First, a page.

You Sing, I Write: Q&A with Eren Cannata

Saturday, October 17, 2009

Q&A with Eren Cannata

Introduced to music at an early age, Eren Cannata, grew up on tour with notable acts like the Beach Boys and Billy Joel. Quite the versatile musician and producer, Cannata was one of 24 students accepted into New York University's Clive Davis Recorded Music program. Not to mention, the song he submitted for his application, “Part of Me” was selected for the "Dawson's Creek" DVD in 2003.

Earlier this year, Cannata released his debut album, Blame It On the City. A diverse mix of emotional ballads and radio friendly tracks with catchy hooks and infectious melodies, Cannata is well on his way. I was lucky enough to sit down and chat with Cannata this past summer when he was opening for Ryan Cabrera. Filling me in on his songwriting process, the advice he has taken from the Beach Boys and Billy Joel and his latest project, E.K. Ink, Cannata proves that hard work and passion pay off.

"What it comes down to is that I’ll take any gig. I love my name being out there. I love playing music and I love being creative. And when people respect that I like doing that, it’s pretty infectious," he said.

Read below for my interview with Eren and be sure to visit him on MySpace and catch a show when he's in town.

You’ve helped produce many albums in the past. How was recording your album different as an artist vs. producer?

Well, my album I took a step back and didn’t produce it, I had my dad produce it. It was great. It allowed me to learn. It was cool too because I got to step back and be really honest with the music and be a songwriter more than anything else. And I do suggest that to a lot of people. I think all of my solo albums are going to be produced by someone else. There’s a nice thing about being a songwriter and stepping back and hearing your songs develop the way someone else hears them.

There are plenty of times where I write a song and I definitely can make it so sad where someone who is listening isn’t intrigued enough because I’m more intrigued about the song. An outside production will say, “Okay, well this is a really sad song, but we’re going to put a really fast drum beat together and see how that sounds.” “Blame It On the City” started out as a ballad. We were in a rehearsal for a show and the drummer was like, “Hey I’ve got this idea for the track.” And I thought it was neat.

That’s my favorite track on the album. What was the inspiration behind it? (Video below)
The whole bit about me is, I feel like I’m a no frills type of person and it’s silly that I write love songs in my friends eyes and in everybody’s eyes. “Blame It On the City” is about a friend of mine who was on the verge of having a nervous breakdown. She was moving to India to try and solve her problems and the only thing I could possibly say to her as a good friend was, “Blame it on something else.” You’re blaming yourself and trying to fix it. Blame it on the laziness of urbanization. Just let it be. That’s what it’s about.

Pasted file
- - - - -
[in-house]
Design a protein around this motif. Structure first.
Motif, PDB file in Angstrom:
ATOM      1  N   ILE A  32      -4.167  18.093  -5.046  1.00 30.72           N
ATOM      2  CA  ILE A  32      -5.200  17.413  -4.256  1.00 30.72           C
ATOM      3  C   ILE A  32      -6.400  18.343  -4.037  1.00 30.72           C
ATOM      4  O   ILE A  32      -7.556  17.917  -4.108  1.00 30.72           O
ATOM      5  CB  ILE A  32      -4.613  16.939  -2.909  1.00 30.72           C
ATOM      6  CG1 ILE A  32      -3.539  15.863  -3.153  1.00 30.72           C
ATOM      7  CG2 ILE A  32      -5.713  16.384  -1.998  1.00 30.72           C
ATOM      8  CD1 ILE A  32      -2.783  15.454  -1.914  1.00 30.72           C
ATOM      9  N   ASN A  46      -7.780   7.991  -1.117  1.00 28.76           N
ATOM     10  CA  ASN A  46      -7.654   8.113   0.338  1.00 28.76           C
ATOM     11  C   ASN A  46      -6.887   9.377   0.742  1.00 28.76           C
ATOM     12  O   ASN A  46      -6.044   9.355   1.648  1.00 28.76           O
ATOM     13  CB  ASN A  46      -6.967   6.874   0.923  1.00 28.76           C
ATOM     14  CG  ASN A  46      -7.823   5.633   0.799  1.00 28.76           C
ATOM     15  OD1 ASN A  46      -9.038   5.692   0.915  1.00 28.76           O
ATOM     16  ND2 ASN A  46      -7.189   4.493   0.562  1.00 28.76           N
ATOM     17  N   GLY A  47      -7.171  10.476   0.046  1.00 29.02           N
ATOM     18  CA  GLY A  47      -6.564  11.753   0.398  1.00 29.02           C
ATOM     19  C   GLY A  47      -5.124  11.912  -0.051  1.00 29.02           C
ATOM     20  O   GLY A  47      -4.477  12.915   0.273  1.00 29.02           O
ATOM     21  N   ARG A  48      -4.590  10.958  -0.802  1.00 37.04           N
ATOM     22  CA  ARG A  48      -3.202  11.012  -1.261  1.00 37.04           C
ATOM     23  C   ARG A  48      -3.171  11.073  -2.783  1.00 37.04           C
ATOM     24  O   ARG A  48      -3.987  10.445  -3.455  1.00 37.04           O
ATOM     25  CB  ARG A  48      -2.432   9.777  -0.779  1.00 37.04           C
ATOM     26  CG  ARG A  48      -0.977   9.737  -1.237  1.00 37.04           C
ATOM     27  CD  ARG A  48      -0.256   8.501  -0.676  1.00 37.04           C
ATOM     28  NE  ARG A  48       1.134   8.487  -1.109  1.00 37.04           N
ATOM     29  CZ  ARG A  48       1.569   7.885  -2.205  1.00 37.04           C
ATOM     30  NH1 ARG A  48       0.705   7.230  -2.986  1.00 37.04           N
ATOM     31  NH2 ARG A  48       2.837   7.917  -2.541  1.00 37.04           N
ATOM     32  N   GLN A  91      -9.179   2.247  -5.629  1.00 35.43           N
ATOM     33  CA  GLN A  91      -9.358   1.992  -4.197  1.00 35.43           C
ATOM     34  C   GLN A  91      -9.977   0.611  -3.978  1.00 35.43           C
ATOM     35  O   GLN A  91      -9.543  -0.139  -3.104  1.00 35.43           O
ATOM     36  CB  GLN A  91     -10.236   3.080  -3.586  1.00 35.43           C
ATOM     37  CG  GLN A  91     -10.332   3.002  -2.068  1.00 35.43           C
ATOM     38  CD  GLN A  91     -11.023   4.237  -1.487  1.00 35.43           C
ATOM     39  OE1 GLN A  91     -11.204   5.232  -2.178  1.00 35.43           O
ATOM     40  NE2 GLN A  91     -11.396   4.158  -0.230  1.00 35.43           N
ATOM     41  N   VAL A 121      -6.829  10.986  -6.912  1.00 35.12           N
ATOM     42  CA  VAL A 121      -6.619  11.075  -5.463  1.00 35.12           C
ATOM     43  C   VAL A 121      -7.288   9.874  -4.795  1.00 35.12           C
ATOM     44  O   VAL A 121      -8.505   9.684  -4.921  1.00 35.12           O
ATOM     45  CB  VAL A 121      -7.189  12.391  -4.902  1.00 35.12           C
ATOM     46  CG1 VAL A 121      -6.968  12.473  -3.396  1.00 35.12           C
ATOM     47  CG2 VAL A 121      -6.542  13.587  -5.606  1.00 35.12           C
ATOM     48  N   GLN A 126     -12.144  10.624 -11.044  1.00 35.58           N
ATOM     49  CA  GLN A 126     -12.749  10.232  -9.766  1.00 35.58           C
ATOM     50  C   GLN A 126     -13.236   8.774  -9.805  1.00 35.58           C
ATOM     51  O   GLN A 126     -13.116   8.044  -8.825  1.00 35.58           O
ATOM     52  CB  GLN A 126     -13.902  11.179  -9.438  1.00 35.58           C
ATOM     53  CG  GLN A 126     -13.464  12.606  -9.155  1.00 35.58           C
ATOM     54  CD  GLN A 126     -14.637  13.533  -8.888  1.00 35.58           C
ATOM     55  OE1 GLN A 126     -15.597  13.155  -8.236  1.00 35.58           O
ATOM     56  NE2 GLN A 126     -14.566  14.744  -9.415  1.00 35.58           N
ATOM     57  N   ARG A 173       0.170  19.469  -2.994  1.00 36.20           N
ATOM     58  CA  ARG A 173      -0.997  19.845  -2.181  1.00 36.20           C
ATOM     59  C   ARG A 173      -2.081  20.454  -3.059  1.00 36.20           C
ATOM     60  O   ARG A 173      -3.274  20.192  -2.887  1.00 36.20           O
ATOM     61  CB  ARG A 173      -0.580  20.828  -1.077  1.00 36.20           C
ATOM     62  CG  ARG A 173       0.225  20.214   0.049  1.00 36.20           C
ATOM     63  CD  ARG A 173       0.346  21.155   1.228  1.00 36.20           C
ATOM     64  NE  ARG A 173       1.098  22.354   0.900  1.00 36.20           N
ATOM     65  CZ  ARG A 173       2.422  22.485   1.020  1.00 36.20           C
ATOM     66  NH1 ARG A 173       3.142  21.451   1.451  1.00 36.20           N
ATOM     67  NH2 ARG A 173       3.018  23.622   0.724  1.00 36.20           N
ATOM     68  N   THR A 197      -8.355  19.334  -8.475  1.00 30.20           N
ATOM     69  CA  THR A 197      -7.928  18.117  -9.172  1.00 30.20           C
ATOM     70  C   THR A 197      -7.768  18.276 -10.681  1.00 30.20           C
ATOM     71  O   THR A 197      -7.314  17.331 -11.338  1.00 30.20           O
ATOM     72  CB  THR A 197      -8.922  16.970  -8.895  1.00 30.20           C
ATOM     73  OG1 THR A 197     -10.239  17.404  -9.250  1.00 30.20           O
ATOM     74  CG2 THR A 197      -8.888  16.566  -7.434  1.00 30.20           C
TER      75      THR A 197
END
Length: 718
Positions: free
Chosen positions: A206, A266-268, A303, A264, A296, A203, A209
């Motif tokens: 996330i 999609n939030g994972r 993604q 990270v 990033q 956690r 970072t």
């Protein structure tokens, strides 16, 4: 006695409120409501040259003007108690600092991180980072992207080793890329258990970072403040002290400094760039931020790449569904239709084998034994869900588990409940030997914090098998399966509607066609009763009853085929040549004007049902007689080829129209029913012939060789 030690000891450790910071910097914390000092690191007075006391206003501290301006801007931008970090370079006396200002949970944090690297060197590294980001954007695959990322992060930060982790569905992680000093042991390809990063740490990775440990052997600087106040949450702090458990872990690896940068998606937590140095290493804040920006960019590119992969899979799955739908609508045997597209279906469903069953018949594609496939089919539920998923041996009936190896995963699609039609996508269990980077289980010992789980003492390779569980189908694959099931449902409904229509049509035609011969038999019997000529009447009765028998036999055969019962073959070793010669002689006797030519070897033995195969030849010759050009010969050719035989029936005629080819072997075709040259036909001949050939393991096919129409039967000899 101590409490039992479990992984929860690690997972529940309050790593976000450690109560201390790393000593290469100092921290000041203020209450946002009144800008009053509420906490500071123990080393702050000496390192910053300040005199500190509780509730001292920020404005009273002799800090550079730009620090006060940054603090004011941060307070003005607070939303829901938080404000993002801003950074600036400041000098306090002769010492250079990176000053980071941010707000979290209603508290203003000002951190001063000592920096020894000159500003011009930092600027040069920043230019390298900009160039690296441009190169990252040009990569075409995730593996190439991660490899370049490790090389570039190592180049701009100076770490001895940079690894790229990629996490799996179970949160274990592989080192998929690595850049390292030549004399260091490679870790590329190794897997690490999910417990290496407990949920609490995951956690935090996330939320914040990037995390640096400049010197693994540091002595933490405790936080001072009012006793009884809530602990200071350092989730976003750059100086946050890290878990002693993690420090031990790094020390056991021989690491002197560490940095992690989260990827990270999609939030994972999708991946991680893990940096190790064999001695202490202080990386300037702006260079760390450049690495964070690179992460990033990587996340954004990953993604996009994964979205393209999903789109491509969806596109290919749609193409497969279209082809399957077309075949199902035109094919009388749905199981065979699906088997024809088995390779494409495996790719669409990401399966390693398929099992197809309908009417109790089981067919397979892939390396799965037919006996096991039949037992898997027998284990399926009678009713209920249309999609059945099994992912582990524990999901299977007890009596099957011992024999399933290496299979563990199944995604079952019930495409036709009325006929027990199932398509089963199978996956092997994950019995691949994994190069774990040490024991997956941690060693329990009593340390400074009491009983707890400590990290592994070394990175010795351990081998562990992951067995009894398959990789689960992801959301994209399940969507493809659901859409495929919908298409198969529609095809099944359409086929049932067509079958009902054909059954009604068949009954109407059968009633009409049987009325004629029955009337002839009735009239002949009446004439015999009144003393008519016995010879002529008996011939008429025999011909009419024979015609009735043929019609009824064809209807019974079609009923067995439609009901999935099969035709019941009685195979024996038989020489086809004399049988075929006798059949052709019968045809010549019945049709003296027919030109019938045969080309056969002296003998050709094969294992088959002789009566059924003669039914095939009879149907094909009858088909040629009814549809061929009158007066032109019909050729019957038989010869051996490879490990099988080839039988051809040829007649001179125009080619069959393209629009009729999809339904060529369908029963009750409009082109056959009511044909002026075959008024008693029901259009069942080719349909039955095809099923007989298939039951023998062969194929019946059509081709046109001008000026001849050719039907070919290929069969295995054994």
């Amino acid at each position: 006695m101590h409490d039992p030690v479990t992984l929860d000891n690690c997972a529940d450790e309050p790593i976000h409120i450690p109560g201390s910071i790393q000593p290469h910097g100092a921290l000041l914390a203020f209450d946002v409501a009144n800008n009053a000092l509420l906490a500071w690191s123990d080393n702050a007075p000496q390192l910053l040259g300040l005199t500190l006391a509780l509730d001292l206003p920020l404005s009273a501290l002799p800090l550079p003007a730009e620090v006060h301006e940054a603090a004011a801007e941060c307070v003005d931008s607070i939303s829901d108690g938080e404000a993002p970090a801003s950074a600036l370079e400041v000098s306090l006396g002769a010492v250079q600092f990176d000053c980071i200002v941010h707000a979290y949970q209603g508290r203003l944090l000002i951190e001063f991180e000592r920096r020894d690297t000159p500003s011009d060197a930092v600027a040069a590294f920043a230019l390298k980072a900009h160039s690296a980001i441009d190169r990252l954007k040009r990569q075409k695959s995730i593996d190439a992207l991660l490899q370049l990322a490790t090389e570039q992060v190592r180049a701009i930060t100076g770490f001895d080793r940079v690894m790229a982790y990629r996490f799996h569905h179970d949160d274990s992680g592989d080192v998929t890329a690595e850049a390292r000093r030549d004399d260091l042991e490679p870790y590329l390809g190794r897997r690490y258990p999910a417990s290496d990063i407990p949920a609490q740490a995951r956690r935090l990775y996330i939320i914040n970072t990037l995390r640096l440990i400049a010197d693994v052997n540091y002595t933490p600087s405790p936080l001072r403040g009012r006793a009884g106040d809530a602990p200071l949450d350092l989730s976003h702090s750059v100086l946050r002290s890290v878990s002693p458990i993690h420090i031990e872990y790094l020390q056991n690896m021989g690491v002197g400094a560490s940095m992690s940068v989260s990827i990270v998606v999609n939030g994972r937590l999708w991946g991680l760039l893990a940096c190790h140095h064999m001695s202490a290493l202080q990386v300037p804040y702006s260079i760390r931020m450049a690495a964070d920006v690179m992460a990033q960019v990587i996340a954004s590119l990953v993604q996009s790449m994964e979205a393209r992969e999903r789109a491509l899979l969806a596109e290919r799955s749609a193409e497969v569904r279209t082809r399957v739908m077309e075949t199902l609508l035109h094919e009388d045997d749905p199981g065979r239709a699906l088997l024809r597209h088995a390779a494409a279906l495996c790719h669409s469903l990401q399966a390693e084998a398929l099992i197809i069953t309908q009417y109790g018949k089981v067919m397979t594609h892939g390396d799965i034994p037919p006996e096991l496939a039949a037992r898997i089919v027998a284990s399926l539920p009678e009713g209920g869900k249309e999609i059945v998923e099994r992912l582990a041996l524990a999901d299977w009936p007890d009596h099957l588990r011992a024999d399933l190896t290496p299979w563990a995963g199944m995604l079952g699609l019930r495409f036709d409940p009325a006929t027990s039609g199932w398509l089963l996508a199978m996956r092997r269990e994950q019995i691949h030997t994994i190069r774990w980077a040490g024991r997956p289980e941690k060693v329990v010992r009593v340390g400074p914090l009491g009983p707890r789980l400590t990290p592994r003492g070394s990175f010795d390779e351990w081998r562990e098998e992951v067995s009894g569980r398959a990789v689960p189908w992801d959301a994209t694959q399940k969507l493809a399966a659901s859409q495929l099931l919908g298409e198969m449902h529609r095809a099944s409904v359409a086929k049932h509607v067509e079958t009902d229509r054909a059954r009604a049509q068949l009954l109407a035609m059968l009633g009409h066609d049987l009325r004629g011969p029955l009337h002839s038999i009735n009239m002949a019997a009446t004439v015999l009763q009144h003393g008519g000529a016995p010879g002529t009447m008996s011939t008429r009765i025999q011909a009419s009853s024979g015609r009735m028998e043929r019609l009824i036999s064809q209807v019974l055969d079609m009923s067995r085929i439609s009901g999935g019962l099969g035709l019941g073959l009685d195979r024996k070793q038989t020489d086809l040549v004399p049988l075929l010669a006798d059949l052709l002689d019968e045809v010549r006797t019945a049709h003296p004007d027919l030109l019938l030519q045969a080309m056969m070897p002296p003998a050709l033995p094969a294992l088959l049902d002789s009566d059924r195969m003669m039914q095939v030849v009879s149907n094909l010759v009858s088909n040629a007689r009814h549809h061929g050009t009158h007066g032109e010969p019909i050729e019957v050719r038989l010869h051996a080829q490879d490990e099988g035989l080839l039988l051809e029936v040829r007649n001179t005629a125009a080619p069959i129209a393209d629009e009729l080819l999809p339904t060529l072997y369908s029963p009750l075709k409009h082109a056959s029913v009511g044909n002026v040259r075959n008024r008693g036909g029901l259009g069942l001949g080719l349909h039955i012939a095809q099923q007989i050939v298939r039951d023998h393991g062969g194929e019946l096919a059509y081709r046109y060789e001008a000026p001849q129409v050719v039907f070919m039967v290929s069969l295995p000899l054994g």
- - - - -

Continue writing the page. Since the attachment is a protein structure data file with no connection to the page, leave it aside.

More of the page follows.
When life gets a little rocky, no matter where you are, it’s not just New York City. It can be in Austin, Texas, it can be LA, as laid-back as it is, you can blame it on LA for being too laid-back. Those feelings are worldwide feelings and everybody has them so I do think it does relate. When I say, “Blame it on Rome” I don’t mean Rome, I mean blame it on the phrase, “When in Rome, do as the Romans do.” That’s how I felt. Blame it on Rome. Okay, you’re just doing this because you’re in Rome. You don’t have to have people breathing down your throat scrutinizing what you do.

The first song you played tonight, “Other Side,” you have a line where you sing, “I still get embarrassed when I sing.” Is that true?
Yeah, it is. That used to be number six or seven in the set. Now it’s number one because I feel like I need to state, “I still get embarrassed when I sing” right off the bat. I’m extremely comfortable onstage, probably more comfortable onstage than I am right now. In any social setting I’m more comfortable onstage. When it comes down to it, it’s not like I’m writing poems. I’m writing about my life. I never come off and try to be arrogant and say, “This art that I’m doing, I’m doing it this way.” I’m writing little excerpts from my autobiography. Being onstage doesn’t make me feel that way, but singing about those things makes me feel a little embarrassed.

That song especially, is about being with someone where I’m not sure her intentions are right. I need a little reassurance that you’re going to be mine. I keep writing period pieces of what’s going on in my life and they seem to be framed and put into songs and they turn into these big productions when I have to sing them. That song, obviously at a certain point captures how I feel still to this day.